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Suki.ai Raises $55 Mn To Build AI-powered Voice Assistant For Doctors

Suki.ai Raises $55 Mn To Build AI-powered Voice Assistant For Doctors

Suki uses natural language processing and machine learning to create clinically accurate medical notes and streamline administrative tasks for doctors

It supports doctors practising in any clinical setting and speciality, including cardiology, orthopaedics, plastic surgery, ophthalmology, paediatrics and family medicine and claims to reduce documentation time by 76%

The Indian healthtech market is projected to reach $21.3 Bn by 2025, growing at a CAGR of 27% to contribute to 3.2% of the global healthtech market size

Healthtech startup Suki.ai, has raised $55 Mn in a Series C funding round led by March Capital. Philip Ventures and existing investors including Venrock, Flare Capital. Breyer Capital, and inHealth Ventures also participated in the round.

Angel investors participating in the round include Gaingels Group, Pankaj Patel (ex-chief development officer of Cisco), Andrew Deutsch (CEO of RIMA Radiology), and Russell Farscht (former managing director of The Carlyle Group). It had earlier raised $20 Mn in a  funding round led by Venrock.

Founded in 2017 by Punit Singh Soni, Suki uses natural language processing and machine learning to create clinically accurate medical notes and streamline administrative tasks such as retrieving patient information from the electronic health record (EHR) or ICD-10 coding.

“We are at a turning point in healthcare, where it’s now imperative to offer technology that improves physician burnout caused by documentation and administrative burden,” said Punit Soni, CEO of Suki. “Suki is poised to address this issue at an even larger scale and advance high-value, coordinated care through cutting-edge technology that integrates seamlessly into a physician’s daily practice.”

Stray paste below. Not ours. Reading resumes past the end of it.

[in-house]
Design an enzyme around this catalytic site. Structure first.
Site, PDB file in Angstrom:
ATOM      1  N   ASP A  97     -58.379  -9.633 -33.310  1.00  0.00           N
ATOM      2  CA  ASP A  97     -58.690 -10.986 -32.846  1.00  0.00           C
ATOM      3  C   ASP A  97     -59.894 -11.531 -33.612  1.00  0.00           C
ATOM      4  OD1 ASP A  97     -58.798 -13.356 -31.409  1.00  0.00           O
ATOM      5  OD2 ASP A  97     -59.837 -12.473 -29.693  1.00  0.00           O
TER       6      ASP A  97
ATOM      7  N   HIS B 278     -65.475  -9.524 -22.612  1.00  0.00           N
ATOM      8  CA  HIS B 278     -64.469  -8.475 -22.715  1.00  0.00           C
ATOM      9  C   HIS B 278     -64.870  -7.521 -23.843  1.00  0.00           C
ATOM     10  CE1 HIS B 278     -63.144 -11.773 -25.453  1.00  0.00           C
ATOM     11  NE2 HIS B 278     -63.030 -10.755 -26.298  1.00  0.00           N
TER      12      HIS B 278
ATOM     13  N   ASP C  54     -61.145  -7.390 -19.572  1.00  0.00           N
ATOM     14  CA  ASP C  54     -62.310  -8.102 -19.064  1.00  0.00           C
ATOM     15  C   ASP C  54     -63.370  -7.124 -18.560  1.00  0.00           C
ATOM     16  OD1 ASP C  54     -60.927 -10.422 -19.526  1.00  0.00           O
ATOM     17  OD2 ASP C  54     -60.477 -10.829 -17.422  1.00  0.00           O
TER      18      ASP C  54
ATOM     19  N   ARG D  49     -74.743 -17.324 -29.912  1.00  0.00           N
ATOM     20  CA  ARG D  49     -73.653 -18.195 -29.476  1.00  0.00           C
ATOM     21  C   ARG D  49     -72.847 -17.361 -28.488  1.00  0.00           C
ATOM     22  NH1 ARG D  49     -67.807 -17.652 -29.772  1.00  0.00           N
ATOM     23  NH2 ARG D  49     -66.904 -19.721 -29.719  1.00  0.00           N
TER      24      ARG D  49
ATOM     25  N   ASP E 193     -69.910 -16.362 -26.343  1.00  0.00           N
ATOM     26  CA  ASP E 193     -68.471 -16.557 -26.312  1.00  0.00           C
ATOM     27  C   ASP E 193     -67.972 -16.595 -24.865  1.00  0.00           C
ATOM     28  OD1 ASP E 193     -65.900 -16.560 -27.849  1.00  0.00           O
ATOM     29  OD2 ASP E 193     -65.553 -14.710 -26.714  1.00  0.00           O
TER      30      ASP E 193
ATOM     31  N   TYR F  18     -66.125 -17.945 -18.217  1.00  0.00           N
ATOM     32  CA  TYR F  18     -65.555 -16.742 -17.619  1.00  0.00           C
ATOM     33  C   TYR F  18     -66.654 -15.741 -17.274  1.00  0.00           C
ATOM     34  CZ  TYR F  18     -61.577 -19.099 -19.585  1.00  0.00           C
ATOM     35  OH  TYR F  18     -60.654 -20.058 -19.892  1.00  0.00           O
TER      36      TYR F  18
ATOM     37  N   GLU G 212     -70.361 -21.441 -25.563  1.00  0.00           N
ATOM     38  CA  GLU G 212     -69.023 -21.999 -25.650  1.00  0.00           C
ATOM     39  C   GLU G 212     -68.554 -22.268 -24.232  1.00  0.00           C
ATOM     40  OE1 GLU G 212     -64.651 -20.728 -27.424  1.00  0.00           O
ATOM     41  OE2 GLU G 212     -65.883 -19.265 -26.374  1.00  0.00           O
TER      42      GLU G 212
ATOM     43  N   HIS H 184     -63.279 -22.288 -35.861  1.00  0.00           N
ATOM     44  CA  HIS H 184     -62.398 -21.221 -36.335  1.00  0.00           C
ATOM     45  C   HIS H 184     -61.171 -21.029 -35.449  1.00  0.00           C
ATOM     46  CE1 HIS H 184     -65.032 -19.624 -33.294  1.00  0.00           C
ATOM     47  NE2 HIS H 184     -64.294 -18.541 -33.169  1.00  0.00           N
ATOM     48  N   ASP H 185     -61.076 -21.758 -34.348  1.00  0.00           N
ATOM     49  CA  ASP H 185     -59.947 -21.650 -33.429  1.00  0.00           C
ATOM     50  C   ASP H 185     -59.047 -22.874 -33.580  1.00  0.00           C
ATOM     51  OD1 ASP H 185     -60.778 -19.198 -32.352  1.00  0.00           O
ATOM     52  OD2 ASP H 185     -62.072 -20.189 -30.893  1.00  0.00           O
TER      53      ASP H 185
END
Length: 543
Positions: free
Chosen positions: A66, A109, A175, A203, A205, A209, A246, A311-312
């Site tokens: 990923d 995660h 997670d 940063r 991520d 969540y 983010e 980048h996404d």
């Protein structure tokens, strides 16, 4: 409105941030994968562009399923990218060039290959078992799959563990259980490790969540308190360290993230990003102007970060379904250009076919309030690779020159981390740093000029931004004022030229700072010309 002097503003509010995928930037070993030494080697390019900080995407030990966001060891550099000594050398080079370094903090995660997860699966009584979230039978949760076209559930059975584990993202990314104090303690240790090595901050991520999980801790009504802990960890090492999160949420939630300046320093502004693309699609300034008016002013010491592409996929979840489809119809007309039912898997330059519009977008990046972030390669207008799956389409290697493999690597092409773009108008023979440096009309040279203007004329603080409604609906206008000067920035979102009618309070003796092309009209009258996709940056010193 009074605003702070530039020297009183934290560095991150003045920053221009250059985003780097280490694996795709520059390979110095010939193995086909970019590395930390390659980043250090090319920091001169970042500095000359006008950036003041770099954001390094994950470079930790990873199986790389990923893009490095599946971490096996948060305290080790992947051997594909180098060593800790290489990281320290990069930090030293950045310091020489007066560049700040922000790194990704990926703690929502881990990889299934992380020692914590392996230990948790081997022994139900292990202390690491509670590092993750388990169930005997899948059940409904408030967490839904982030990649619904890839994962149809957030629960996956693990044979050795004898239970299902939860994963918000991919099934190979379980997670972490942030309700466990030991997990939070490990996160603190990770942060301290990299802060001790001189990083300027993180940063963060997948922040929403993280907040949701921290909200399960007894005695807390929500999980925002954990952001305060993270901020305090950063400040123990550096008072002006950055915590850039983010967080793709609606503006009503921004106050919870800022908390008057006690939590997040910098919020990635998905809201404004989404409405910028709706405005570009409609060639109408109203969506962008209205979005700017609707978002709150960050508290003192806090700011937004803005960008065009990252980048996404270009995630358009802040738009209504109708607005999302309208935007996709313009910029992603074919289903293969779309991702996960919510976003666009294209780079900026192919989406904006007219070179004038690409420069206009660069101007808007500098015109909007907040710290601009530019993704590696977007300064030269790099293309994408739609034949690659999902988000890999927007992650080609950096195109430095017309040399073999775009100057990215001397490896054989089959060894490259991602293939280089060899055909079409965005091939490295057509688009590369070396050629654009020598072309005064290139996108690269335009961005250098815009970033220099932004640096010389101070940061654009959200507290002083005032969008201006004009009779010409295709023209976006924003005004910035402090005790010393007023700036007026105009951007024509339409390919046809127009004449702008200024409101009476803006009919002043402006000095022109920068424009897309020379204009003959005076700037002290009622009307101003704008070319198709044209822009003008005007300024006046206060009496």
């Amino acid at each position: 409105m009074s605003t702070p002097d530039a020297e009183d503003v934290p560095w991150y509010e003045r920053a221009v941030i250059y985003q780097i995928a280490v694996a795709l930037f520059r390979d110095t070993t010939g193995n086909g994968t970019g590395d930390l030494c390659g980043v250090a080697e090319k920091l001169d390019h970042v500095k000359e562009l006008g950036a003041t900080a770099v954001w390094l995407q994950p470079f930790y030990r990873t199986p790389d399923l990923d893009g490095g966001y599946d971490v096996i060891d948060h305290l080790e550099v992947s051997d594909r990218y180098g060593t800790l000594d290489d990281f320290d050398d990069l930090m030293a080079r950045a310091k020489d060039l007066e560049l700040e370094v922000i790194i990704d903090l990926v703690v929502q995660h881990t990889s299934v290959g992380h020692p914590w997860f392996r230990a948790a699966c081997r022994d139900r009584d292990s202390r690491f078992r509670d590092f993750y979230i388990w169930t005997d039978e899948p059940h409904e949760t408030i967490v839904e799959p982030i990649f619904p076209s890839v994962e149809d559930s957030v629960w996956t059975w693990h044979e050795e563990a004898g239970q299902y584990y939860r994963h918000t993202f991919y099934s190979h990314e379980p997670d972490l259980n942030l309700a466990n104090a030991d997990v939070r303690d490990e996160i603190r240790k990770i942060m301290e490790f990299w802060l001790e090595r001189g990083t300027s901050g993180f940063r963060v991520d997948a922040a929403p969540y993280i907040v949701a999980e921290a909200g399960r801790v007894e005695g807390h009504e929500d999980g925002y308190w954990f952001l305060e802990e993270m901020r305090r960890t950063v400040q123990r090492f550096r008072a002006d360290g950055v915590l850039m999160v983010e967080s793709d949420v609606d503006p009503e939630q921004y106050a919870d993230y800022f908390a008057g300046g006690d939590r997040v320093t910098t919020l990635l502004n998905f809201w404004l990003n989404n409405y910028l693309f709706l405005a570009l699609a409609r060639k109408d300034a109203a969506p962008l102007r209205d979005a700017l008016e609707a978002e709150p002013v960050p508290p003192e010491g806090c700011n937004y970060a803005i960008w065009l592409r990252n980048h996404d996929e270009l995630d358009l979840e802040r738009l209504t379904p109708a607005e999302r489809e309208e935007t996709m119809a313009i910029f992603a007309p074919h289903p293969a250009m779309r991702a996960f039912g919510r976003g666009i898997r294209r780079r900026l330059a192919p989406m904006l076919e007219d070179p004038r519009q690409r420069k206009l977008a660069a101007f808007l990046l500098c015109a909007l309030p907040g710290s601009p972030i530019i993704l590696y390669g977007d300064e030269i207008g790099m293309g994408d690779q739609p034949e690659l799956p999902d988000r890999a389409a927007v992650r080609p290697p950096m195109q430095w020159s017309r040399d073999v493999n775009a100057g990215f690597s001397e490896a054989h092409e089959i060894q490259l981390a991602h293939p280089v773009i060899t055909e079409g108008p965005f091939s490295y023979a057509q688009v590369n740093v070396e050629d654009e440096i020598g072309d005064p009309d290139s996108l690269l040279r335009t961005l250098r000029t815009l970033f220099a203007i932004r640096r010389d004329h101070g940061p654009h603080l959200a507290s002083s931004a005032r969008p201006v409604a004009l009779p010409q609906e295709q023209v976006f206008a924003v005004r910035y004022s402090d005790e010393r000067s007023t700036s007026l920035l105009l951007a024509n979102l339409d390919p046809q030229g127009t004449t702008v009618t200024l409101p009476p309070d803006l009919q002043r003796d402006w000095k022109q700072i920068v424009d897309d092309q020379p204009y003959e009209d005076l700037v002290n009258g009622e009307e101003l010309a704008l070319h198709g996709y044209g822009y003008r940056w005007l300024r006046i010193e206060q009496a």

Suki supports doctors practising in any clinical setting and speciality including cardiology, orthopaedics, plastic surgery, ophthalmology, paediatrics and family medicine. The startup claims to reduce documentation time by 76% on average for physicians.  

According to the startup, it quadrupled its revenue in the last year and has introduced new capabilities including the ability to dynamically access EHR data and a Suki Windows app that extends Suki’s features to any Windows computer. 

“My first exposure to Suki was observing my doctor using his phone to update his EHR and pharmacy, which compelled me to ask him about what he was using. He was thrilled with Suki as a user, and I knew I had to meet the founder,” said Wes Nichols, partner at March Capital. “Doctor burnout is a public health crisis which makes Suki’s cutting-edge AI-powered voice assistant a game-changing solution for doctors and health systems everywhere,”

According to research published by virtual healthcare technology company Wheel and independent research firm PureSpectrum, 80% of 2,000 patients surveyed noticed that their doctor or nurse was burned out during a healthcare visit in the past year. 

Those respondents specifically said that their healthcare provider was highly stressed and exhausted, with 70% of them saying they were alarmed by it. One in three respondents also said doctor burnout was negatively affecting their care quality

Suki.ai aims to take away some of the burden from doctors by relieving them of administrative tasks that stop them from actually spending their time with patients. 

One major concern for a platform like this is the way in which it stores and uses patient data. Ecommerce giant Amazon fell into hot water when it came to be known that the company’s smart speakers were recording user commands which some Amazon employees heard, transcribed and annotated to feed it back into the system to improve it. 

“We make sure that the data is not used for anything but to make Suki better. All of the data is tokenised and separated from the identities of the patients they belong to. We are fully HIPAA compliant, and we are very clear with our data usage policy,” confirmed Sonit to Inc42 when asked about the data privacy aspect during a media interaction. 

According to Inc42 Plus, India’s healthcare market is expected to grow at a CAGR of 23.7% to reach $638 Bn by 2025, driven by factors including rising incomes, better health awareness, increasing lifestyle diseases etc. 

The Indian healthtech market in the meanwhile is projected to reach $21.3 Bn by 2025, growing at a CAGR of 27% to contribute to 3.2% of the global healthtech market size. 

Last month, Bengaluru-based healthtech startup Pandorum Technologies had bagged INR 36 cr ($4.8 Mn) from the Indian business tycoon and chairman of Hero Motorcorp, Sunil Kant Munjal. Earlier, IPO-bound Policybazaar’s parent’s healthtech subsidiary Docprime had invested $7.5 Mn in telehealth and wellness startup Visit Health. 

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